Friday, July 18, 2014

Goodbye Dropbox, Hello OneDrive


Just when I thought I was out, they pull me back in.

For the past few years, I had been making a steady move away from Microsoft. Don’t get me wrong, I’m not a MacHead, nor do I have anything against Microsoft (I’m a PC guy), but outside of their OS, I found Microsoft’s services to be too pricey. Specifically, I found their cloud storage and productivity apps to be overly expensive.

For productivity, I had moved away from Office to a combination of Google Docs and OpenOffice.org. Both of those services are free, and offer me pretty much everything I had been getting with Office. I still use Google Docs every single day (I’m writing this post on it now). Microsoft Office is over $100 if you buy the standalone software, and the subscription fees for Office 365 were not better, starting at $100 a year.

For cloud storage, I have been primarily using a combination of Google Drive and Dropbox for the past couple years. When I bought my Samsung phone a couple years ago, it came with an extra 50GB of Dropbox storage that was good for two years. All of my writing was pretty much stored in Google Drive, but everything else important has been kept in Dropbox.

When my Dropbox storage expired, I had originally planned to just go with the 100GB annual subscription, which is $100.

But then Microsoft changed the entire cloud storage landscape with a 1-2 punch that may just put Dropbox out of business.

Not only did Microsoft slash the prices on all of their cloud storage plans, but they put together a bundle that is a borderline impulse buy for anyone that has ever used Office. With every subscription to Office 365, Microsoft is giving users 1TB of cloud storage.

A terabyte.

And they now have Office 365 Personal, a one-computer (and one tablet) subscription to Office 365 that costs $6.99 a month, or $70 a year.

So, for $70 a year, I can have access to all of the Office programs I’ve used for years, and I get a terabyte of cloud storage. On top of that, they throw in free Skype minutes every month that I can use for international calls and calls to landlines, which comes in handy when I’m recording podcast interviews.

I switched to the Office365/OneDrive plan the day my Dropbox storage expired. This is a brilliant move by Microsoft, as it bundles a tool that millions use every day with a cloud storage service in a way that differentiates them from everyone else. I am very interested to see what Dropbox and other cloud storage services do in response. In the long run, I think it will end up making cloud storage cheaper for everyone, which is a good thing.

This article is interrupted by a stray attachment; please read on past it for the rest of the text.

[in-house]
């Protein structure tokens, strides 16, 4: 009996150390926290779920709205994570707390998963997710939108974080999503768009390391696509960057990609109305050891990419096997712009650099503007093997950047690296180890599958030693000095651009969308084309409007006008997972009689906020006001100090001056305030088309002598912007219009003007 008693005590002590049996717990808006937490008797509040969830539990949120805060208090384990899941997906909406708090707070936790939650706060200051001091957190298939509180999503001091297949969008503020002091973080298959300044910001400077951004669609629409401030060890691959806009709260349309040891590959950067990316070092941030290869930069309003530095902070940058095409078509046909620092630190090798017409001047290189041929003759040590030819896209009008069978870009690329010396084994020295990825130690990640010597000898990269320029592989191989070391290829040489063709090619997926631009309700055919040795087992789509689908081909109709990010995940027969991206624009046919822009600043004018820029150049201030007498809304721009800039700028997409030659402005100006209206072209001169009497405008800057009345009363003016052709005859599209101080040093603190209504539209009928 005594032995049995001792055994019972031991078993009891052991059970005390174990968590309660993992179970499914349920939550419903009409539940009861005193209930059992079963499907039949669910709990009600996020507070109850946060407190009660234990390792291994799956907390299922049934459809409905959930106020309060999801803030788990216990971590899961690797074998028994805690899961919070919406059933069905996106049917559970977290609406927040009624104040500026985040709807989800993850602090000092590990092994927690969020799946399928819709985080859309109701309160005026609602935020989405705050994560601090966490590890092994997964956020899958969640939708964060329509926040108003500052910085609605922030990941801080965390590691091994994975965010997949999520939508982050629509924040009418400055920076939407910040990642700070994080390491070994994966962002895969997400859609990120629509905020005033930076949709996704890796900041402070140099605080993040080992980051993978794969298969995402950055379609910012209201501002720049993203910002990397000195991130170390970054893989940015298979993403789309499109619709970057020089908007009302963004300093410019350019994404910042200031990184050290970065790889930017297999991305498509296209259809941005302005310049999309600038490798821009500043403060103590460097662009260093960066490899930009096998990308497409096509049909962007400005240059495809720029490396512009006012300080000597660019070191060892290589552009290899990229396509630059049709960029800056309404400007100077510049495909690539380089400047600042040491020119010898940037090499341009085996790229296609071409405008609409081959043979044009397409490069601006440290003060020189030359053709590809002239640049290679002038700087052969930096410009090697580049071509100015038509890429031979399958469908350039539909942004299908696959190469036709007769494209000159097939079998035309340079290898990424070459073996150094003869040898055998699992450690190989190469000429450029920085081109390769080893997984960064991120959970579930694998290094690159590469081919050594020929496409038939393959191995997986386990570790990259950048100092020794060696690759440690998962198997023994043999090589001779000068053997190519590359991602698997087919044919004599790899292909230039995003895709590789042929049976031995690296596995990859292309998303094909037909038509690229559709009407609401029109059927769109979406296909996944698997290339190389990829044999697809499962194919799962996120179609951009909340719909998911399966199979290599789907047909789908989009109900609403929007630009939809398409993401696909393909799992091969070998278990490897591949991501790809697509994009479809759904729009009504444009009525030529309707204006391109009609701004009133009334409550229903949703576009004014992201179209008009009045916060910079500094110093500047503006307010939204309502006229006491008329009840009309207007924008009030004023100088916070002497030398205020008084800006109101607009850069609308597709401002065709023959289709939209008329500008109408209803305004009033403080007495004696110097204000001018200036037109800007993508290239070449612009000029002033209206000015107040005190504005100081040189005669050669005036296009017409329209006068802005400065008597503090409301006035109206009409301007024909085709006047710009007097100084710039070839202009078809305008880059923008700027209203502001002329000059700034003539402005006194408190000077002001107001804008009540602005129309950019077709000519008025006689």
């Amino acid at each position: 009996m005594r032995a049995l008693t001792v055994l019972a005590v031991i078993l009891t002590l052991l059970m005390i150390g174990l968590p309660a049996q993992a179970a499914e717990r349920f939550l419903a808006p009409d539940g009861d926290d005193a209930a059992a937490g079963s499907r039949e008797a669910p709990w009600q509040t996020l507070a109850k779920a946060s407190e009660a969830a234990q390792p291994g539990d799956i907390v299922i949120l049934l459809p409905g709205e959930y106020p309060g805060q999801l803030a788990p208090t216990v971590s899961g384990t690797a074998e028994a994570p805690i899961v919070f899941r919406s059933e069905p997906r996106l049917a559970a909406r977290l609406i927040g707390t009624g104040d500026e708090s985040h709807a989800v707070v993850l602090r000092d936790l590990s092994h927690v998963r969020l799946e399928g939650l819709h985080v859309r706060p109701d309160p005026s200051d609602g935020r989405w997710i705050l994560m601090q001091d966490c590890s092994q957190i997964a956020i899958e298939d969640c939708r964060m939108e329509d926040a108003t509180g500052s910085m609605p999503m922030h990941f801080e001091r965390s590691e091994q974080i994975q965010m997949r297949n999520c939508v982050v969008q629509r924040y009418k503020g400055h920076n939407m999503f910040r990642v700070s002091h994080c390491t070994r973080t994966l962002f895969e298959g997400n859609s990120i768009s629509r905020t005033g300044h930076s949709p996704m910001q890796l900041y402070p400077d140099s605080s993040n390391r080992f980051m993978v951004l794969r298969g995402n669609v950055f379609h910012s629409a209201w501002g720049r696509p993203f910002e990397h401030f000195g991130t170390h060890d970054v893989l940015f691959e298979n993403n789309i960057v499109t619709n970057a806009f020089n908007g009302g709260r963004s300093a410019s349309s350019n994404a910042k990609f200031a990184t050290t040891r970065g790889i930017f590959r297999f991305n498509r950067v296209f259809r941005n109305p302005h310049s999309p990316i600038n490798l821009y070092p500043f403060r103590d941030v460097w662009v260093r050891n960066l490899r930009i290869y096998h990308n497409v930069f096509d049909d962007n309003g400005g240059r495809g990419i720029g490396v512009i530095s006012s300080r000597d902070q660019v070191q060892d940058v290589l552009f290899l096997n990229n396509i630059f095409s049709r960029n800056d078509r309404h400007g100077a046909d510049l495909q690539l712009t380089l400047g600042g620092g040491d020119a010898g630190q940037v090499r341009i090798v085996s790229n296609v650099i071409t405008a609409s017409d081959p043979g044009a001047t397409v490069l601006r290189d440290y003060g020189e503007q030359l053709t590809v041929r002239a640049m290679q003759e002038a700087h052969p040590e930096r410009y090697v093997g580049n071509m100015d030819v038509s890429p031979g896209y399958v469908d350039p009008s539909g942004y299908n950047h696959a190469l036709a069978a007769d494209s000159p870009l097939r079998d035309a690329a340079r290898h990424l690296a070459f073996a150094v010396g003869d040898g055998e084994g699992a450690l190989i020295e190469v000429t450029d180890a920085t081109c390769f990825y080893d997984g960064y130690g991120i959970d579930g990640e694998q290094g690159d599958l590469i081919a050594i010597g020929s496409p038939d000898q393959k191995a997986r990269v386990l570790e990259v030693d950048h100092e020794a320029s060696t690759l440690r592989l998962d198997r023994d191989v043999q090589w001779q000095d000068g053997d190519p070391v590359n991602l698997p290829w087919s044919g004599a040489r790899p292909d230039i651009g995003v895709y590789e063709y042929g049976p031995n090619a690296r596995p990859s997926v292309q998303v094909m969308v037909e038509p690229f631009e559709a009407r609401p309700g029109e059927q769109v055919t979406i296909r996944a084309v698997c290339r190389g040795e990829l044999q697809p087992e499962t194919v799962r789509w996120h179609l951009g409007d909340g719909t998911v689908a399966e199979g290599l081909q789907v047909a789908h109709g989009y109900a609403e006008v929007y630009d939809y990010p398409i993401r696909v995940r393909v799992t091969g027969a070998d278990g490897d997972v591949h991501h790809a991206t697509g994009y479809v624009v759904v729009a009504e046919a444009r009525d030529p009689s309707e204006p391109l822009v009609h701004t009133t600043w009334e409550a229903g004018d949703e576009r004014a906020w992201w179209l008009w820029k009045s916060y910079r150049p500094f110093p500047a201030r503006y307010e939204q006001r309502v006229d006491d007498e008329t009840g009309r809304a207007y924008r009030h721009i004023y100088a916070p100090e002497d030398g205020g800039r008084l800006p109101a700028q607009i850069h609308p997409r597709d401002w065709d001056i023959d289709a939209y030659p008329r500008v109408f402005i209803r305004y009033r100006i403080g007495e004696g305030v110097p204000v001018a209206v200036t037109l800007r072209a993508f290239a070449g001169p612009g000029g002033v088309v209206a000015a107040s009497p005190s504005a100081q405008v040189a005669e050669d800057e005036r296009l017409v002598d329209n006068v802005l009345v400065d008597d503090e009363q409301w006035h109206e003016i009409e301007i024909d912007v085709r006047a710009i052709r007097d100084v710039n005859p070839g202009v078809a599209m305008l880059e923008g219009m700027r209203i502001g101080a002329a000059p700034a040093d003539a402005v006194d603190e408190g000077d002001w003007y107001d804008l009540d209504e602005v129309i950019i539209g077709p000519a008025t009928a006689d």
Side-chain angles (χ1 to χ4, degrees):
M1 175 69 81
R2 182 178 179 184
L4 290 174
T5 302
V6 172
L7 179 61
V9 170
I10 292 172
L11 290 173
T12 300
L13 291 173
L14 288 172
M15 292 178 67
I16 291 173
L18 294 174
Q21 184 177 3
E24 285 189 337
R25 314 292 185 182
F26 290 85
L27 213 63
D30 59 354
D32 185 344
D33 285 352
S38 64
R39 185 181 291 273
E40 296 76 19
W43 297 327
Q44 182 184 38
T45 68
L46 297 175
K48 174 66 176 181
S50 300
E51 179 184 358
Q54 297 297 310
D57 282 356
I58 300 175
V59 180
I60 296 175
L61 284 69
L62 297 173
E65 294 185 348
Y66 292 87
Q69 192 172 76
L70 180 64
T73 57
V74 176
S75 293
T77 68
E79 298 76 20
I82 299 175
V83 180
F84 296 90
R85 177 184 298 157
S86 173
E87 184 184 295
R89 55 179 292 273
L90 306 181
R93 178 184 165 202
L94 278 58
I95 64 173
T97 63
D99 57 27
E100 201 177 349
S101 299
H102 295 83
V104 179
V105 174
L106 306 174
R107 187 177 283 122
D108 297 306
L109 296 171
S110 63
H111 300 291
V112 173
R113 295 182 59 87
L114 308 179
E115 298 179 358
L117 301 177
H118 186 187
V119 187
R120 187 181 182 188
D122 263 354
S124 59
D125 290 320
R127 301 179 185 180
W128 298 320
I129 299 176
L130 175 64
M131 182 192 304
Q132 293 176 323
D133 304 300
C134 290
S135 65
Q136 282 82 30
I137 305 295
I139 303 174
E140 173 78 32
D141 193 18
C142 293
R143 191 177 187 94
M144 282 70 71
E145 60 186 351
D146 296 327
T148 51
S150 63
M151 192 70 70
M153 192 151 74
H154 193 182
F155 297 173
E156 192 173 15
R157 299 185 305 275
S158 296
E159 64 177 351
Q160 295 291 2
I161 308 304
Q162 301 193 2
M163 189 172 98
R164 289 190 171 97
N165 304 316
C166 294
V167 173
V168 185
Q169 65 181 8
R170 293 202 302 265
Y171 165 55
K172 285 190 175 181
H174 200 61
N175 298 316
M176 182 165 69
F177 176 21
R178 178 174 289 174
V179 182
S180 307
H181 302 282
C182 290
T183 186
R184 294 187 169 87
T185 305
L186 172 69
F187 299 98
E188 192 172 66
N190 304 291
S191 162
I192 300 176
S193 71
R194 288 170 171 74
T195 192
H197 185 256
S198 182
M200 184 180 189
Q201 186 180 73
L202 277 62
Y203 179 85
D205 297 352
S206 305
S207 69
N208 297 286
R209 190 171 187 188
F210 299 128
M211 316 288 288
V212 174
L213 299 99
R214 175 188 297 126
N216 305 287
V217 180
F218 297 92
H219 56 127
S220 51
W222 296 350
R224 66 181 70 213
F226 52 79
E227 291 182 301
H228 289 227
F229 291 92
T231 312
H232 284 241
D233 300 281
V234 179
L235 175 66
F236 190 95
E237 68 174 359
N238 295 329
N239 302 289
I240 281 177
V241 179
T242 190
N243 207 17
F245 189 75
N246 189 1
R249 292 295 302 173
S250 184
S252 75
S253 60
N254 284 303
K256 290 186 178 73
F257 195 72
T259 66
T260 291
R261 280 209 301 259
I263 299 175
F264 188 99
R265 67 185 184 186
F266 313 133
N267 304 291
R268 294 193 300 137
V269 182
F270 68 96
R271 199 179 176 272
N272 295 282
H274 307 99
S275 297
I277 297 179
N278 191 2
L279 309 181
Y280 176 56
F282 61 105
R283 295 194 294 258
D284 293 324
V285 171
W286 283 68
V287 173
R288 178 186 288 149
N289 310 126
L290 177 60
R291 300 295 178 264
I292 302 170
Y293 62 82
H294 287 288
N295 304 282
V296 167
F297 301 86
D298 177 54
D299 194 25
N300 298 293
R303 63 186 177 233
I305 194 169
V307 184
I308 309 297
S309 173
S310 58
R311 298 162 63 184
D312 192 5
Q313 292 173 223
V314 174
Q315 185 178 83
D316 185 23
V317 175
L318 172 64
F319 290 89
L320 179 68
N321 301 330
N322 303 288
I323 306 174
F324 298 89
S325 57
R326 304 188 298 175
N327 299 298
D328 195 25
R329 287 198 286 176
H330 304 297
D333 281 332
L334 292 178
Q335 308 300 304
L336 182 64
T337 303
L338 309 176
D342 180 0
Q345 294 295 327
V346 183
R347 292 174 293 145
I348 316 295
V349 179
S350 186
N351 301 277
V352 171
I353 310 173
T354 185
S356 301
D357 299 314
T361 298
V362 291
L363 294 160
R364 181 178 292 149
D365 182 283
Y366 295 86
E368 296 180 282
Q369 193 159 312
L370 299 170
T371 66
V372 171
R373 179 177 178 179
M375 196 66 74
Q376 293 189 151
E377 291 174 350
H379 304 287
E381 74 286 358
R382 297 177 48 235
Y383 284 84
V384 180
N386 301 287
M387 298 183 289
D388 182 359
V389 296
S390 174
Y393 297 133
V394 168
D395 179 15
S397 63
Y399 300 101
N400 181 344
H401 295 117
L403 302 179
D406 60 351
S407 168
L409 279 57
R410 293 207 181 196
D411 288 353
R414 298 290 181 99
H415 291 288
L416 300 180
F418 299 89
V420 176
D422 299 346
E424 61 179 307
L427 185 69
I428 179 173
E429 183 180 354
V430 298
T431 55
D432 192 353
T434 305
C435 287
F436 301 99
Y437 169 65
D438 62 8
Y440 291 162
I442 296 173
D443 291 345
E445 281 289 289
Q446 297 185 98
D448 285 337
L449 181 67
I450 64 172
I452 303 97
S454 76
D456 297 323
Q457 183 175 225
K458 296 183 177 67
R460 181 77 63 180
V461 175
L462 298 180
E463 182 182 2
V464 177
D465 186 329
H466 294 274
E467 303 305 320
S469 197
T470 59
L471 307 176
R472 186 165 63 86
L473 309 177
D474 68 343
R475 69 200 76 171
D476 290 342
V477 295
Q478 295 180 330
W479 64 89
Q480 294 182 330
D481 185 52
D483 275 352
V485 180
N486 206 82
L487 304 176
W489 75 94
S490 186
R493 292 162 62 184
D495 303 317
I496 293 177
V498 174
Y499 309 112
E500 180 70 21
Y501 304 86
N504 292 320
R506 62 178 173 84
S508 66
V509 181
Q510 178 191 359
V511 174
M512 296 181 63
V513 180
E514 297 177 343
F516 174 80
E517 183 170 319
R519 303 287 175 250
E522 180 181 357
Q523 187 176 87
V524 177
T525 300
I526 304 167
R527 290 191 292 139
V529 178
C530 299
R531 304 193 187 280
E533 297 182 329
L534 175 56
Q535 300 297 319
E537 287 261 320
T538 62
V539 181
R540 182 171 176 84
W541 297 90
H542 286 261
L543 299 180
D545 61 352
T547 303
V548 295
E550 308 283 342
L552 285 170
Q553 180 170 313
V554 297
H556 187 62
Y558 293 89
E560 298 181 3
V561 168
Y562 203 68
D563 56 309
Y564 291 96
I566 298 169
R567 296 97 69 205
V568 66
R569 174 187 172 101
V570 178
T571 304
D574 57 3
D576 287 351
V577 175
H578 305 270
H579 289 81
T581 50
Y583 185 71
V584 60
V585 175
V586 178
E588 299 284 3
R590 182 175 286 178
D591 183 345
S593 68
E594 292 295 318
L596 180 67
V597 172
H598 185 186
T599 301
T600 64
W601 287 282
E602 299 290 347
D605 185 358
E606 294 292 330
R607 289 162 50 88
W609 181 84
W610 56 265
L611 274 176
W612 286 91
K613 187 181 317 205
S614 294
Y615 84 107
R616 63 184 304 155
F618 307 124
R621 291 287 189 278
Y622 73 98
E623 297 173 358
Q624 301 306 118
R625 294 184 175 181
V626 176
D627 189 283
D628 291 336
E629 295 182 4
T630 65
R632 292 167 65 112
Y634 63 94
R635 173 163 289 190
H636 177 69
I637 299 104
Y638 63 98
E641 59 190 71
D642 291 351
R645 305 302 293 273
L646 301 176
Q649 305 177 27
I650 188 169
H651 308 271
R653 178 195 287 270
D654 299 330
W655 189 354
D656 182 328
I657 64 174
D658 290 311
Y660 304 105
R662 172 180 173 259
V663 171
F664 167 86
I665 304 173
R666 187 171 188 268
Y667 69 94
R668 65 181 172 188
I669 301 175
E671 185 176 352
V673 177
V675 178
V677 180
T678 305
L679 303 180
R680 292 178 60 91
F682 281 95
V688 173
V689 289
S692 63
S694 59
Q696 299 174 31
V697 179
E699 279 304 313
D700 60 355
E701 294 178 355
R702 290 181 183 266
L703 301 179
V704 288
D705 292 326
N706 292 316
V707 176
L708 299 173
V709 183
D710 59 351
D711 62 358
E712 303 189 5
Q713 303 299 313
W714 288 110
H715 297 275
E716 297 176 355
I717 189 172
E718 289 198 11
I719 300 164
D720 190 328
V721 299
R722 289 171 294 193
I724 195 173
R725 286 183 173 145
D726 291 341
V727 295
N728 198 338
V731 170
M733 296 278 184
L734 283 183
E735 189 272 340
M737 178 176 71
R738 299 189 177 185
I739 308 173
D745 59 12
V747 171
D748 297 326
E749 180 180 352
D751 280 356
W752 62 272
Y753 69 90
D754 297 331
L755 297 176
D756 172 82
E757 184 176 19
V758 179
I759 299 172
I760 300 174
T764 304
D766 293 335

On a related note, Microsoft announced today that they are cutting 18,000 jobs over the next (which I understand is mostly affecting the Nokia side of things). It’s no secret Microsoft has found itself in need of a reinvention as Apple, Amazon, Google and others have completely disrupted the personal and mobile computing landscape. They need to get back in the game of mobile and cloud-based services. Leveraging Office, the most widely used productivity suite of all time, is a smart move.

Wednesday, July 16, 2014

Voss Foster's King Jester Trilogy Continues With THE JESTER PRINCE

Back in January I had author Voss Foster on the See Brian Write podcast to talk the first book in his King Jester Trilogy, Zirkua Fantastic (you can listen to that episode of the show here). On August 13th, the trilogy continues with the second installment, The Jester Prince.

Here's the skinny:

With the destruction of Zirkua Fantastic, King Jester, the spirit of discord, has been unleashed once more upon the Earth. Only Toby, a fresh, untrained immortal, and the other former members of Zirkua Fantastic dare to stand against his chaos. But their hold is tenuous, and they are only truly safe from his power within the bounds of their camp. King Jester grows more powerful and more dangerous with each passing day. But he's made one mistake. That mistake could be his undoing. He's stolen Toby's soul mate, Marley. When he discovers Marley's location, Toby knows what he has to do. He will rescue Marley, even if it means he has to face King Jester alone. But the others don't let him go at it alone. Marley has information about the resistance. They can't afford to let him stay in King Jester's control. In desperation, the immortals raise an army to storm the compound. But will it be enough to challenge the embodiment of chaos himself? All they can do is hope. Hope and put their faith in love.

The Jester Prince will be available through Prizm Books on August 13th. You can keep up with Voss' current projects over on his blog.

Monday, July 14, 2014

Decompression Day

As I’ve mentioned on this blog before, I am an introvert. And contrary to popular belief, that doesn’t mean that I am overly shy, or that I’m afraid to talk to people, or that I never leave the house. What it means for me is that I need to recharge my batteries after a lot of social activity, and that usually means taking time to myself. I call it my "decompression day," and I try to take at least part of a day every weekend to reset myself and get ready for the next week.